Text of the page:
Cancer Bats – “Bears, Mayors, Scraps & Bones”

Hardcore Punk is a genre that is sometimes misunderstood, and at the same time not to be taken lightly. At times harsh, brash and emotive and at others wise, political and disarmingly educated, some hardcore punk bands are the ones that know the most about the situation of the world as it currently is, as say it like they see it. Canada’s own Cancer Bats are just one of these many bands. Whilst they may not pride themselves on being overly political in their views, or have a typical “punk” attitude towards establishments, they do know what they do best. And that is having a good time making loud music with buttloads of groove and swagger.

I have had the personal pleasure of meeting the band once, and in particular having a long conversation with frontman Liam Cormier about his music and about him being straight-edge and a vegetarian at the same time. and from just one conversation with this well-spoken gentleman I worked out two things – 1) Liam Cormier believes what he writes in his lyrics very much and 2) Cancer Bats love to party! Bears, Mayors, Scraps & Bones is Cancer Bats’ third offering of their own blend of hardcore punk flecked with deep metallic grooves, after their debut full length Birthing The Giant and then 2008’s incredibly popular Hail Destroyer, when their career started picking up even more speed than before. The name Bears, Mayors, Scraps & Bones is taken from the bands collective nicknames, showing now how close they have grown together as a band.

Bears, Mayors, Scraps & Bones kicks off with Sleep This Away, a deep, chugging, lumbering creature that starts by crawling out of your speakers, until it shows its teeth when Cormier’s vocals come into the mix with his signature throat-ripping snarl, adding more force to his words. Trust No One, as with many others on this record, is a fast-paced aural juggernaut of hardcore punk that shows Cancer Bats’ true punk colours with lyrics like “I’m not as negative as all this sounds, I just feel like humanity has let me down”. This is closely followed by an uproaring anthem of chant-alongs with Dead Wrong, a song stacked to the brim with angular punk riffs that tumble out of the speakers like a wall coming down.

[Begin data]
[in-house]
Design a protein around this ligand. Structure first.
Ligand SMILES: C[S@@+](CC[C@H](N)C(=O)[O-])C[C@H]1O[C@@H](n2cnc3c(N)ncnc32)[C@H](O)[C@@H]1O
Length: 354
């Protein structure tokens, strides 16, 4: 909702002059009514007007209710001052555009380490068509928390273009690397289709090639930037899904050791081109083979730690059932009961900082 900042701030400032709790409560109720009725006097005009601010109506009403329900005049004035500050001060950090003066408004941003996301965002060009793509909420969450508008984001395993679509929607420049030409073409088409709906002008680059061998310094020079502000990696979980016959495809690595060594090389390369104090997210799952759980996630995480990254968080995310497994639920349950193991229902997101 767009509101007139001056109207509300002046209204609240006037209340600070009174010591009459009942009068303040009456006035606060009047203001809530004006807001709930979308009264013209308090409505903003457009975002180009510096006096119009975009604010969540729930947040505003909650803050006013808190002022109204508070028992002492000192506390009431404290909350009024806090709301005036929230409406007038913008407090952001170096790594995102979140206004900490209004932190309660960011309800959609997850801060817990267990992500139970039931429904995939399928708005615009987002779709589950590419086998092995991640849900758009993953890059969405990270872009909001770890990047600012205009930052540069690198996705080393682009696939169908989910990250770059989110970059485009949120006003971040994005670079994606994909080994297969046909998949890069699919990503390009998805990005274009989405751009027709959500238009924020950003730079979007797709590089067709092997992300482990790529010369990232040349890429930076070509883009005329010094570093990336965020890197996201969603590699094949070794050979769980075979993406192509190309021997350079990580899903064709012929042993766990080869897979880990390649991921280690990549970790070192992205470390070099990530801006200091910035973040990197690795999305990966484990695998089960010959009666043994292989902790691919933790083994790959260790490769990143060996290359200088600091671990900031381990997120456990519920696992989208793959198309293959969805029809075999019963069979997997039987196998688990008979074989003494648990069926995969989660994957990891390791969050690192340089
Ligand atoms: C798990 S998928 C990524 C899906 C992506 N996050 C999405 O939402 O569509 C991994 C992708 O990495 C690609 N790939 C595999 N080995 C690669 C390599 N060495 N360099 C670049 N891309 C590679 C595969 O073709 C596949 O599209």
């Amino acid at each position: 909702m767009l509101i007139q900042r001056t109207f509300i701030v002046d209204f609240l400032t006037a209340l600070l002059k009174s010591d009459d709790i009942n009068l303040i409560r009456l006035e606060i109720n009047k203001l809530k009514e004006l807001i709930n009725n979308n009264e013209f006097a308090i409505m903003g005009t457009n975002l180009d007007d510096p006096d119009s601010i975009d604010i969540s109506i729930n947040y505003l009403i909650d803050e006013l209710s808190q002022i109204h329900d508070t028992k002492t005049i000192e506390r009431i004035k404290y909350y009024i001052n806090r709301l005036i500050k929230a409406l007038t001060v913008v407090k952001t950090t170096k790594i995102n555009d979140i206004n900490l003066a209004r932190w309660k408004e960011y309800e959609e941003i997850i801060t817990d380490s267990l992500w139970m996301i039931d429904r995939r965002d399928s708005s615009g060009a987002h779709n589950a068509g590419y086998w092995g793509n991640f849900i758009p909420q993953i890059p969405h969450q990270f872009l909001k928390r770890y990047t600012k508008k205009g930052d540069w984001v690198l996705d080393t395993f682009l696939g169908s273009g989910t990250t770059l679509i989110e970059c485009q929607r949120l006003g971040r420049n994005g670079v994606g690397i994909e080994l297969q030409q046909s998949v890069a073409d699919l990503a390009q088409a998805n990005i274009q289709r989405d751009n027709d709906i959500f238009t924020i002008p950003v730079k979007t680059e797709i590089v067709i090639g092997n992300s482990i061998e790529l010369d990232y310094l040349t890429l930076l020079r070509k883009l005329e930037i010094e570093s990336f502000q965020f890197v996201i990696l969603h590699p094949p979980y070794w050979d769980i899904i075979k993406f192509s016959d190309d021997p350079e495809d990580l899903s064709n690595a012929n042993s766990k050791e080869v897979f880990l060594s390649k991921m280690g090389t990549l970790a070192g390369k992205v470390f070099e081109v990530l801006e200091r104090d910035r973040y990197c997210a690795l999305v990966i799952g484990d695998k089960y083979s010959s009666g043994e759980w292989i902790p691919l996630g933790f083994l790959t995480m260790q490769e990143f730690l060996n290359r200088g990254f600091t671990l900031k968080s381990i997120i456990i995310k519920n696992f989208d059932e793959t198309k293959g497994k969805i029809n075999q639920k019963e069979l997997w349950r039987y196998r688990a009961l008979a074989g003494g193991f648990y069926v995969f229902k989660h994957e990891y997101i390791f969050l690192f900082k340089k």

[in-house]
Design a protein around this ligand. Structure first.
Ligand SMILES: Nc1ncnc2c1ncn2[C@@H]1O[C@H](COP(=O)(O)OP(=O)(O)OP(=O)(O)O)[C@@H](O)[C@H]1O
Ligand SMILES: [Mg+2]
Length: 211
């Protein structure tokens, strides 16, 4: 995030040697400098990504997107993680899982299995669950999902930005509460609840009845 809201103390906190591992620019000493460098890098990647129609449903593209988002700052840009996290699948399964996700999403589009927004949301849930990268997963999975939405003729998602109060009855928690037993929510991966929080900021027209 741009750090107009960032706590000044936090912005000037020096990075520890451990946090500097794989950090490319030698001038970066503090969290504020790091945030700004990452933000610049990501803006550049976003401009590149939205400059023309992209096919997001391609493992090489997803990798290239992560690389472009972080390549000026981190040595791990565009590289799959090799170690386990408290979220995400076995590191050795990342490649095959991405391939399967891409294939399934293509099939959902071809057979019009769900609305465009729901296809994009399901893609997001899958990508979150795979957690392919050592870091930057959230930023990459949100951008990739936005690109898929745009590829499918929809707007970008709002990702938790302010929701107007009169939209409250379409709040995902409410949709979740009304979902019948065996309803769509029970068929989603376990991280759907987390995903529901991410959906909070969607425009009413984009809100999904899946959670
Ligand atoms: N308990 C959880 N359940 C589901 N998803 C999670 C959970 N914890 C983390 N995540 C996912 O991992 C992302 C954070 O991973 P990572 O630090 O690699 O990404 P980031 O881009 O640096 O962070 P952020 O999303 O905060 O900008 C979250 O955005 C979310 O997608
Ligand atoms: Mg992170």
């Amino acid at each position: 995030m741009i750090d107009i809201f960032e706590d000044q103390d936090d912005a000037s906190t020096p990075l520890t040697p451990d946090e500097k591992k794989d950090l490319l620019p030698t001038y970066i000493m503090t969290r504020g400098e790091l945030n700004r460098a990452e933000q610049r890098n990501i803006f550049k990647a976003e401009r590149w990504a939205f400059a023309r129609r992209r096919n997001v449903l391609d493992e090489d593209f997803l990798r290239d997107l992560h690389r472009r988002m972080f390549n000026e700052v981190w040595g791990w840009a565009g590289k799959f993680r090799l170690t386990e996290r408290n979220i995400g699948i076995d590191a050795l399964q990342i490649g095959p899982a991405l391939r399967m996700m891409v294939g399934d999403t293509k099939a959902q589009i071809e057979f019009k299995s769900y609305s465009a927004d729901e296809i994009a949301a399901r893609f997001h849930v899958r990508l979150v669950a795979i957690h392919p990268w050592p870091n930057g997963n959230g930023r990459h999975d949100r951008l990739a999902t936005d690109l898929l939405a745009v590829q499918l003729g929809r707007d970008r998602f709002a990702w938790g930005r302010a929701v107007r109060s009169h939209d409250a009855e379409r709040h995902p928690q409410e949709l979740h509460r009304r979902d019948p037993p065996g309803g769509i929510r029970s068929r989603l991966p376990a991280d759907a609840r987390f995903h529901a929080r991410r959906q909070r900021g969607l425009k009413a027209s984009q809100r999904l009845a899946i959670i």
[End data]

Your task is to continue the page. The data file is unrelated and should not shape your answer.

We Are The Undead is another galloping riffed song with twisting, building guitars packed with swagger during the choruses of “I swear on my life, hope never to die, we’re all gonna live forever”, followed closely by Scared To Death, the first non-cover song to be released off this album, and immediately it stands out as a song with more distinguishable sections of punk and metal respectively, and really shows what Cancer Bats are capable of. Darkness Lives crawls out of the gloom with deep, gutteral, balls-to-the-wall grooves and riffage courtesy of Scott Middleton’s guitar and Jaye Schwarzer’s bass, and could well be for this album what Lucifer’s Rocking Chair was on Hail Destroyer. Snake Mountain unravels out of the speakers, and comes packing an uppercut at the same time in its pure brute force. Make Amends  and Fake Gold closely follow, each of them upping the ante with their pace and force and, in the case of Fake Gold, showing further punk-rock ideals over the state of culture in present society with the words “So sick of these vandals. All this destruction looks the same. I thought that noise was danger. Now you’re just out pushing brand names. Am I an asshole? Or just old? When did I get so jaded?”.

The last actual Cancer Bats song of the record, Raised Right, is a slow-burning, deep-grooving, snarly little beast that speaks of a proper upbringing as a child before it slowly builds into something bigger and stronger and faster, and ultimately packing more swagger than John Travolta in his best white suit. Then the final track of the album rears its head, and you remember not only one more reason why you wanted this album, but also why Cancer Bats are so damn good at having a good time. Their cover of the Beastie Boys Sabotage, done in their own hardcore punk stylings of twisting guitars and deep groovy bass lines, is enough to slap a smile onto any punk-lovers face and get them turning the volume up a few thousand decibels!

All in all, this is another great offering from Canada’s Hardcore Heroes, and is sure to mean Cancer Bats will keep going from strength to strength, throwing bigger and better parties everywhere they go.

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4 Comments

  1. Love this album, Dude!

    • Yeh, it was a bit different from what I usually go out and get, but it definitely rocked. Their cover of Sabotage still puts a silly great grin on my face everytime I hear it! So awesome. There should be more album reviews on the way, when i decide which versions I want and then get a chance to listen to them! If you like this one, there are others that I have done you might also like, such as Old Crows/Young Cardinals by Alexisonfire?

      • have you seen the video to sabotage? Its soooo funny.

        Also a fan of that album – will have a read through your reviews!! Yo dude, if you get a chance, check out my blog – its a bit tongue-in-cheek but cracks me up to both read and write!!

        Got any gigs lined up soon??

        \m/

      • Haven’t seen the official video for it yet, but I might just have a sneaky YouTube of it later. I’ve seen a live video of it, and that rocked, but not the official video yet.

        I actually already have checked out your blogsite, I thought it was pretty funny! I liked the polls you do on the different rock stars and stuff, thats pretty good!

        Anyway, I’ll keep checking your pages if you keep checking mine! 🙂


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